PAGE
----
Lissa Rankin suggests that belief and the power of our thinking plays a tremendous role in the outcome of cancer and other diseases. She suggests that when doctors speak to their patients using phrases like “I’m afraid your cancer is inoperable….”, “Most people with this cancer die within six months”, or “This would be a good time to get your affairs in order,” they are essentially giving a death sentence just as powerful as a voodoo curse to their patients. Part of the power of placebo is that we make ourselves receptive to the suggestions of those we put in authority. As a patient growing up in western medicine we have learned to trust the doctor in the white jacket and we’ve given them the power of forecasting our health. So, when we hear those words, we literally take them to heart. In the case of Sam Londe, that belief can kill us more effectively than the cancer.

In addition to this, these powerful suggestions are often given just after the exploratory surgery or scanning when the patient is still recovering from anesthesia, is in a mild state of shock or trauma and is even more vulnerable and suggestible than they normally would be. In the hypnotherapy community it’s well known that words spoken to people in shock can be very powerful, for better or for worse. In 2002 Judith Prager and Judith Acosta published the book, The Worst Is Over which documents how doctors, nurses and EMT’s can proactively use “verbal first aid” with people in shock to initiate a positive recovery by carefully selecting what words to share with accident victims. These words can literally help a patient stop bleeding and initiate a healing response.

In Mind Over Medicine, Rankin proposes a different model of prognosis where doctors wait to speak to their patients until they’re recovered from their anesthesia and are in the company of loved ones. And only then does she suggest breaking the “good news and the bad news” with phrases like “a percentage of people with exactly this diagnosis survive”, “the body is designed to repair itself when it gets sick” and “we have clear evidence that those who nurture their bodies, minds and spirits while staying hopeful and believing in their ability to get well are more likely to be cured.” She makes it clear that it’s important to tell the patients truthfully what they know about their disease, and at the same time, being very careful not to take away hope or the possibility for healing.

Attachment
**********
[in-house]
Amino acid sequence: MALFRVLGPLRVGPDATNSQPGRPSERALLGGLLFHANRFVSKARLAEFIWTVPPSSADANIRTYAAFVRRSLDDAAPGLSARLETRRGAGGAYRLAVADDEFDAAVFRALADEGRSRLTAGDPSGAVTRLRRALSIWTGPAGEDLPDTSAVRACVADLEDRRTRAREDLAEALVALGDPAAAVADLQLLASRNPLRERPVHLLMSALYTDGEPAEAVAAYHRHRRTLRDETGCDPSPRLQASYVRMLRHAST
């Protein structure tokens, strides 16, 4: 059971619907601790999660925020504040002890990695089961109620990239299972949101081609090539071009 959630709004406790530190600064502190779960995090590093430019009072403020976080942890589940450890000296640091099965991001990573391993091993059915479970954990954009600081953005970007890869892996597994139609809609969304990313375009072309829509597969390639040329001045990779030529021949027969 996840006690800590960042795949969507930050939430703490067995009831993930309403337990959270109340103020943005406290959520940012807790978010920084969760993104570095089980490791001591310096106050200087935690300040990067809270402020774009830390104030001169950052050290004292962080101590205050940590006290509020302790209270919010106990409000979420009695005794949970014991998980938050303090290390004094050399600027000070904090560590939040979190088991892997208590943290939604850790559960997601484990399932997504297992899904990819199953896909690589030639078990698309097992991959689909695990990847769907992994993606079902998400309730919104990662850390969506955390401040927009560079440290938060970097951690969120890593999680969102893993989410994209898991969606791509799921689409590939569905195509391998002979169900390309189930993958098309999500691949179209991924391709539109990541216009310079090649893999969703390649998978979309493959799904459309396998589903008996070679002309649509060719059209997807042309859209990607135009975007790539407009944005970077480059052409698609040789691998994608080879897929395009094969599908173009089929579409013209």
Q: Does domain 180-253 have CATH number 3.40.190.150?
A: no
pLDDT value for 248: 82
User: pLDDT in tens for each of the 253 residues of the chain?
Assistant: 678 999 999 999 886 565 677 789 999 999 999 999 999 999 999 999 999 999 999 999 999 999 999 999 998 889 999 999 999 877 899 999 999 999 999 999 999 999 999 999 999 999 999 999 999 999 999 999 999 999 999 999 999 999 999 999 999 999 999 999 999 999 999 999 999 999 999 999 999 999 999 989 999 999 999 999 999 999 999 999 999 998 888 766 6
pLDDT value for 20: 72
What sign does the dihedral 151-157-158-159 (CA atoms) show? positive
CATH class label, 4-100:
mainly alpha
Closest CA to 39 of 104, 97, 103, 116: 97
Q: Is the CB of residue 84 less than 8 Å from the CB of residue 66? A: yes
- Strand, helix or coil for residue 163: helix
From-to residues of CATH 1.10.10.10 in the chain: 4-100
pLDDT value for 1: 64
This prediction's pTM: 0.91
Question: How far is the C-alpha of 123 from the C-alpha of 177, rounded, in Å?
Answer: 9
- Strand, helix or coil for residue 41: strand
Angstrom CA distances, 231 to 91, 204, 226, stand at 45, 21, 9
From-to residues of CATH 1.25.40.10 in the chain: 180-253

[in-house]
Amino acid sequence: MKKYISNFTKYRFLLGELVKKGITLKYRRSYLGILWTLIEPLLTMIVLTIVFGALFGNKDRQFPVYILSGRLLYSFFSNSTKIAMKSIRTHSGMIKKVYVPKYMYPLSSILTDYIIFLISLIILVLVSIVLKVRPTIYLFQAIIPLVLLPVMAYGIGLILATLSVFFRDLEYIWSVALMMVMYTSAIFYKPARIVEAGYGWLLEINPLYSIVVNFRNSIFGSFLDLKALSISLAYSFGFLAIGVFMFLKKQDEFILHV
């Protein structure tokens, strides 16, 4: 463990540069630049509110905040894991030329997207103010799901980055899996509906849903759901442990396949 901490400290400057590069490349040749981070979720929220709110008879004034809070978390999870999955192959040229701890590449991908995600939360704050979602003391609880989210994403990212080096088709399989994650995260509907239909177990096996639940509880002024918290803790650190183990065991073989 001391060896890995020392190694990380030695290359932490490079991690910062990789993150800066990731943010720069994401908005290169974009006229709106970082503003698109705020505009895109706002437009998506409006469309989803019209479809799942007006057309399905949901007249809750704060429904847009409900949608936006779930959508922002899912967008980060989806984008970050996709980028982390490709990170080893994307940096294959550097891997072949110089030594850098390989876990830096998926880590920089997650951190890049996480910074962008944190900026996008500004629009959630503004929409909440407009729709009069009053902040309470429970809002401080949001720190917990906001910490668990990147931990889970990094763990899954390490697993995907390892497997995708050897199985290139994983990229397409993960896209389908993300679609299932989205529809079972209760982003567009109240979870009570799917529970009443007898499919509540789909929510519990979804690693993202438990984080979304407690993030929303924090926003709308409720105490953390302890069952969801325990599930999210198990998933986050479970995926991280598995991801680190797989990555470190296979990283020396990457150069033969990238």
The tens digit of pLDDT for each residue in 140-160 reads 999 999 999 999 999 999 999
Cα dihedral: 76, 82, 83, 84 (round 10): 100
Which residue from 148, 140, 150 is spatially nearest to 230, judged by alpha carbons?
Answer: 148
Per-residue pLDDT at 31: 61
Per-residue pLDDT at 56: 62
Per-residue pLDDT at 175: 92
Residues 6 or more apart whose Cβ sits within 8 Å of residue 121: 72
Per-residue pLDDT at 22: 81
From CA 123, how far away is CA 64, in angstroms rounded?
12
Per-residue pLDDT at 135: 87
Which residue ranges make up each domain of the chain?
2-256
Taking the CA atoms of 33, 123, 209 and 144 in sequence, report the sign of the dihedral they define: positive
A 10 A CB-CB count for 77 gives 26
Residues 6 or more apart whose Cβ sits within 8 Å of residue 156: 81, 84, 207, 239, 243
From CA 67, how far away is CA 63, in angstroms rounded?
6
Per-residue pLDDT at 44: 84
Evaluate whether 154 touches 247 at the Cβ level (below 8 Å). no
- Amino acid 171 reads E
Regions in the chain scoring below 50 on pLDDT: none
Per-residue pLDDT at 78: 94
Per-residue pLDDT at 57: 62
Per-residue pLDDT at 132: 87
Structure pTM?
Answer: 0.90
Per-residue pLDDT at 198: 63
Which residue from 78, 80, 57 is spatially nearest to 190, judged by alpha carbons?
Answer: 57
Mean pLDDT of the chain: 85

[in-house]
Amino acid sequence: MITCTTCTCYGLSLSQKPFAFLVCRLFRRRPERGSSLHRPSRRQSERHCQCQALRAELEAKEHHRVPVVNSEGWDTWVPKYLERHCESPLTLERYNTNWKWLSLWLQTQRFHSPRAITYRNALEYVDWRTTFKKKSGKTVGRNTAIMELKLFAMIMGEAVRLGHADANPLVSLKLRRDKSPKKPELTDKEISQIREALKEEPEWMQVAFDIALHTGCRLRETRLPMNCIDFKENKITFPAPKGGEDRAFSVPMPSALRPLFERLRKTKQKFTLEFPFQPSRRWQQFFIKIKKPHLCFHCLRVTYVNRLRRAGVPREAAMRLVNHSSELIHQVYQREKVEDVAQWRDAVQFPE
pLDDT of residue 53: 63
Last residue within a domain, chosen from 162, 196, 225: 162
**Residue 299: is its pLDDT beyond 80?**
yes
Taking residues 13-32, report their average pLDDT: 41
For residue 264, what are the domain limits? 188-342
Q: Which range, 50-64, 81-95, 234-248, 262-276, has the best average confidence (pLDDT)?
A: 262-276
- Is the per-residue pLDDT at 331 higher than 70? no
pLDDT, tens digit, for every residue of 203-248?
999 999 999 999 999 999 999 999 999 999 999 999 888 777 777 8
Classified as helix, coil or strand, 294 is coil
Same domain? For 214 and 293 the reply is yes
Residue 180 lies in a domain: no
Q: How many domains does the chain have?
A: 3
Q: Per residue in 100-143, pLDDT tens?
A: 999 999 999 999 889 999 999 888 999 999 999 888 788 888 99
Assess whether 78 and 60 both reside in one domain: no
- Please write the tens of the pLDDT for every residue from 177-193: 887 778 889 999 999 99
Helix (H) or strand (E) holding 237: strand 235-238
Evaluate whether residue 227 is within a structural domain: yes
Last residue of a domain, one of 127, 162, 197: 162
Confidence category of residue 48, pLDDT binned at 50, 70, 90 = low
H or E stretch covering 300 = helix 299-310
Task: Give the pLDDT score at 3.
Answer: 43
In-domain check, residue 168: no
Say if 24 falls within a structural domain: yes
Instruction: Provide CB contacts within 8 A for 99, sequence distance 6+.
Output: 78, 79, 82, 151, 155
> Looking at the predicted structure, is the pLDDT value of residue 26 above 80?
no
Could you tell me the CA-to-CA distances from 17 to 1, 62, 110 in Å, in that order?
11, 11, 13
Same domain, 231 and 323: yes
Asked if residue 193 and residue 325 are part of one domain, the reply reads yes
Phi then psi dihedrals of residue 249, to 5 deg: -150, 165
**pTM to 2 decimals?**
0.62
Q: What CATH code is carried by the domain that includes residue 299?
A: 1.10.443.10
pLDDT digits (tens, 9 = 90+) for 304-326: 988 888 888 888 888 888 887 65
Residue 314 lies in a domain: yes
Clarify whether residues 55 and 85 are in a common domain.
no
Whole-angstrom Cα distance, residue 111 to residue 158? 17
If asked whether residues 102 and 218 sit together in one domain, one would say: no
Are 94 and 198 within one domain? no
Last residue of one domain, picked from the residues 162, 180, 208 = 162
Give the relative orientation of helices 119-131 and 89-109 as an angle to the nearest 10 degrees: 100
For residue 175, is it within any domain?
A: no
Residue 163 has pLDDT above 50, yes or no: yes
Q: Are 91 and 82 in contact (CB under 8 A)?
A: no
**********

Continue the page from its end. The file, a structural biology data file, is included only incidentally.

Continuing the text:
Many progressive doctors are recognizing the power of the mind in healing. She suggests that doctors can and must engage the mind of the patient to bring them back into wholeness, which is the essence of healing. Dr. Bernie Siegel, M.D. reminded us in his book Love, Medicine and Miracles that the validity of the mind-body connection was the accepted norm prior to our era. He said, “In traditional tribal medicine and in the Western practice from its beginning in the work of Hippocrates, the need to operate through the patient’s mind has always been recognized.” Tribal shamanism, for example, pays particular attention to bridging the internal world of the patient to the external world where they live and has its own toolkit of techniques for the generation of a healing state within the patient. Many of the Complementary and Alternative modalities of healing also work within the attitudes and beliefs of patients. Dr. David Spiegel asked in the British Medical Journal, “Is it possible that the alternative medical community has tended historically to understand something important about the experience of illness and the ritual of doctor-patient interactions that the rest of medicine might do well to hear?”

Research on spontaneous remission is showing that the patients also need to radically shift their role in the healing of their cancers. Many who have experience so-called “spontaneous remission” will say that there is nothing spontaneous about it. It is radical, but perhaps could more appropriately be called natural or empowered. The patients took change of their healing process. They enlisted doctors and other alternative healers who were willing to work with their beliefs and support their own healing process, and they didn’t give their authority over to these individuals. There have been thousands of documented reports of patients who, like Sam Londe, received a death sentence, refused to give up and die.

Through her research with these survivors, Dr. Turner compiled nine proactive behaviors that were primary factors in the healing of these cancer survivors. These are; changing diet, taking control of their health, following their own intuition, using herbs and supplements, releasing repressed emotions, increasing positive emotions, embracing social support, deepening spiritual connection, and cultivating strong reasons for living – having a purpose!  The IONS report and Andrew Weil in his 1995 book, Spontaneous Healing, also arrived at lists of similar strategies which also included having strong loving relationships, partnering with physicians and alternative practitioners, and cultivating activities that increased self awareness and reduced stress.